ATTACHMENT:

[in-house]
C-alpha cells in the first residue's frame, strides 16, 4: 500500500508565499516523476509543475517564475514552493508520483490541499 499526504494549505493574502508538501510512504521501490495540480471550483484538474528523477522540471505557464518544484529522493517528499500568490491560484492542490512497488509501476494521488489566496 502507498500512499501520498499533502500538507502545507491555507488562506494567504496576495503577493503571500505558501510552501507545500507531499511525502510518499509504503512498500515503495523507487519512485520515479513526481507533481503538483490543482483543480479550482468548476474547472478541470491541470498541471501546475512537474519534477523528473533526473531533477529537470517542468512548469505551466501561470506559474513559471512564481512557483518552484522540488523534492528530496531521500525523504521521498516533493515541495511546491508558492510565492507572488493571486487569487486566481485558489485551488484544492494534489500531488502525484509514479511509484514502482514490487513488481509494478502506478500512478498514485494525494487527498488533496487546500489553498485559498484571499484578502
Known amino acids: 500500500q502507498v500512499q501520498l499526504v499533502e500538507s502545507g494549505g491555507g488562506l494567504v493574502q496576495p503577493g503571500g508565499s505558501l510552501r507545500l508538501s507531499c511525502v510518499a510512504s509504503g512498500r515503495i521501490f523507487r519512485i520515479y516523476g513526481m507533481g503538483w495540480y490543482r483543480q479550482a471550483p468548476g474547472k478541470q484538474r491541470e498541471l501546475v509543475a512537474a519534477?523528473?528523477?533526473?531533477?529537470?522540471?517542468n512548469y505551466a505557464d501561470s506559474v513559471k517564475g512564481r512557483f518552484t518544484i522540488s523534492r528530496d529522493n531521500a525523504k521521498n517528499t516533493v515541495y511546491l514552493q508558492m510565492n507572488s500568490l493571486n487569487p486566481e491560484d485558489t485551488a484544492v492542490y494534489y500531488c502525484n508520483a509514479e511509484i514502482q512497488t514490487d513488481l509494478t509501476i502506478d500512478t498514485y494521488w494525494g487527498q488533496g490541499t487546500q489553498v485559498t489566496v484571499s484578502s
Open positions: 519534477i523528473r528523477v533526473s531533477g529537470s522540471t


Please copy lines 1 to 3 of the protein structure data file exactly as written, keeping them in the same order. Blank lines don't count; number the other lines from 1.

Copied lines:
[in-house]
C-alpha cells in the first residue's frame, strides 16, 4: 500500500508565499516523476509543475517564475514552493508520483490541499 499526504494549505493574502508538501510512504521501490495540480471550483484538474528523477522540471505557464518544484529522493517528499500568490491560484492542490512497488509501476494521488489566496 502507498500512499501520498499533502500538507502545507491555507488562506494567504496576495503577493503571500505558501510552501507545500507531499511525502510518499509504503512498500515503495523507487519512485520515479513526481507533481503538483490543482483543480479550482468548476474547472478541470491541470498541471501546475512537474519534477523528473533526473531533477529537470517542468512548469505551466501561470506559474513559471512564481512557483518552484522540488523534492528530496531521500525523504521521498516533493515541495511546491508558492510565492507572488493571486487569487486566481485558489485551488484544492494534489500531488502525484509514479511509484514502482514490487513488481509494478502506478500512478498514485494525494487527498488533496487546500489553498485559498484571499484578502
Known amino acids: 500500500q502507498v500512499q501520498l499526504v499533502e500538507s502545507g494549505g491555507g488562506l494567504v493574502q496576495p503577493g503571500g508565499s505558501l510552501r507545500l508538501s507531499c511525502v510518499a510512504s509504503g512498500r515503495i521501490f523507487r519512485i520515479y516523476g513526481m507533481g503538483w495540480y490543482r483543480q479550482a471550483p468548476g474547472k478541470q484538474r491541470e498541471l501546475v509543475a512537474a519534477?523528473?528523477?533526473?531533477?529537470?522540471?517542468n512548469y505551466a505557464d501561470s506559474v513559471k517564475g512564481r512557483f518552484t518544484i522540488s523534492r528530496d529522493n531521500a525523504k521521498n517528499t516533493v515541495y511546491l514552493q508558492m510565492n507572488s500568490l493571486n487569487p486566481e491560484d485558489t485551488a484544492v492542490y494534489y500531488c502525484n508520483a509514479e511509484i514502482q512497488t514490487d513488481l509494478t509501476i502506478d500512478t498514485y494521488w494525494g487527498q488533496g490541499t487546500q489553498v485559498t489566496v484571499s484578502s